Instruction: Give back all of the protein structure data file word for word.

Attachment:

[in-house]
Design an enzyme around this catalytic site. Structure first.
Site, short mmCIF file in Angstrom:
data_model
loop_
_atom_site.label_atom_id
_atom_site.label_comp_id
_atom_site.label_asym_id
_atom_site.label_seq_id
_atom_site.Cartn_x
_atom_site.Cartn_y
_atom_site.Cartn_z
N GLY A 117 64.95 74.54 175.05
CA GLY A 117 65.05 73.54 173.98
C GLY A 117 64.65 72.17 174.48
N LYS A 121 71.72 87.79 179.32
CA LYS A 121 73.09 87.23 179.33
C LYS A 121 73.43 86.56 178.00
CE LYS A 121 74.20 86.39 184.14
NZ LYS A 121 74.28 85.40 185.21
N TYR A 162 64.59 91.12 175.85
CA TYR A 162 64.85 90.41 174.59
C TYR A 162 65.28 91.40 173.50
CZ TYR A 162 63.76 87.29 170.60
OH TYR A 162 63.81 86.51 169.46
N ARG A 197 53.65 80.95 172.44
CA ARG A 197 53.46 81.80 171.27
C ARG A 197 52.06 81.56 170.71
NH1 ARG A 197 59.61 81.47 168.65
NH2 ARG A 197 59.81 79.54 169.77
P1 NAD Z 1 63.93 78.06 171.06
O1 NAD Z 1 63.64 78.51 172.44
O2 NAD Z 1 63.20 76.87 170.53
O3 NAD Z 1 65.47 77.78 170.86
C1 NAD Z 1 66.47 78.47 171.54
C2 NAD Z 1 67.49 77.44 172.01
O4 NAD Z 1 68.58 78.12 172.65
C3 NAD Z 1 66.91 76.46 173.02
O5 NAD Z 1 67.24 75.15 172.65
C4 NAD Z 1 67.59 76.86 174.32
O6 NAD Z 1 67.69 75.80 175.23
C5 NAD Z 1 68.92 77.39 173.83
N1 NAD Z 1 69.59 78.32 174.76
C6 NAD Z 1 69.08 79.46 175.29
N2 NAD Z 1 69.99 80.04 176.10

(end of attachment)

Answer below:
[in-house]
Design an enzyme around this catalytic site. Structure first.
Site, short mmCIF file in Angstrom:
data_model
loop_
_atom_site.label_atom_id
_atom_site.label_comp_id
_atom_site.label_asym_id
_atom_site.label_seq_id
_atom_site.Cartn_x
_atom_site.Cartn_y
_atom_site.Cartn_z
N GLY A 117 64.95 74.54 175.05
CA GLY A 117 65.05 73.54 173.98
C GLY A 117 64.65 72.17 174.48
N LYS A 121 71.72 87.79 179.32
CA LYS A 121 73.09 87.23 179.33
C LYS A 121 73.43 86.56 178.00
CE LYS A 121 74.20 86.39 184.14
NZ LYS A 121 74.28 85.40 185.21
N TYR A 162 64.59 91.12 175.85
CA TYR A 162 64.85 90.41 174.59
C TYR A 162 65.28 91.40 173.50
CZ TYR A 162 63.76 87.29 170.60
OH TYR A 162 63.81 86.51 169.46
N ARG A 197 53.65 80.95 172.44
CA ARG A 197 53.46 81.80 171.27
C ARG A 197 52.06 81.56 170.71
NH1 ARG A 197 59.61 81.47 168.65
NH2 ARG A 197 59.81 79.54 169.77
P1 NAD Z 1 63.93 78.06 171.06
O1 NAD Z 1 63.64 78.51 172.44
O2 NAD Z 1 63.20 76.87 170.53
O3 NAD Z 1 65.47 77.78 170.86
C1 NAD Z 1 66.47 78.47 171.54
C2 NAD Z 1 67.49 77.44 172.01
O4 NAD Z 1 68.58 78.12 172.65
C3 NAD Z 1 66.91 76.46 173.02
O5 NAD Z 1 67.24 75.15 172.65
C4 NAD Z 1 67.59 76.86 174.32
O6 NAD Z 1 67.69 75.80 175.23
C5 NAD Z 1 68.92 77.39 173.83
N1 NAD Z 1 69.59 78.32 174.76
C6 NAD Z 1 69.08 79.46 175.29
N2 NAD Z 1 69.99 80.04 176.10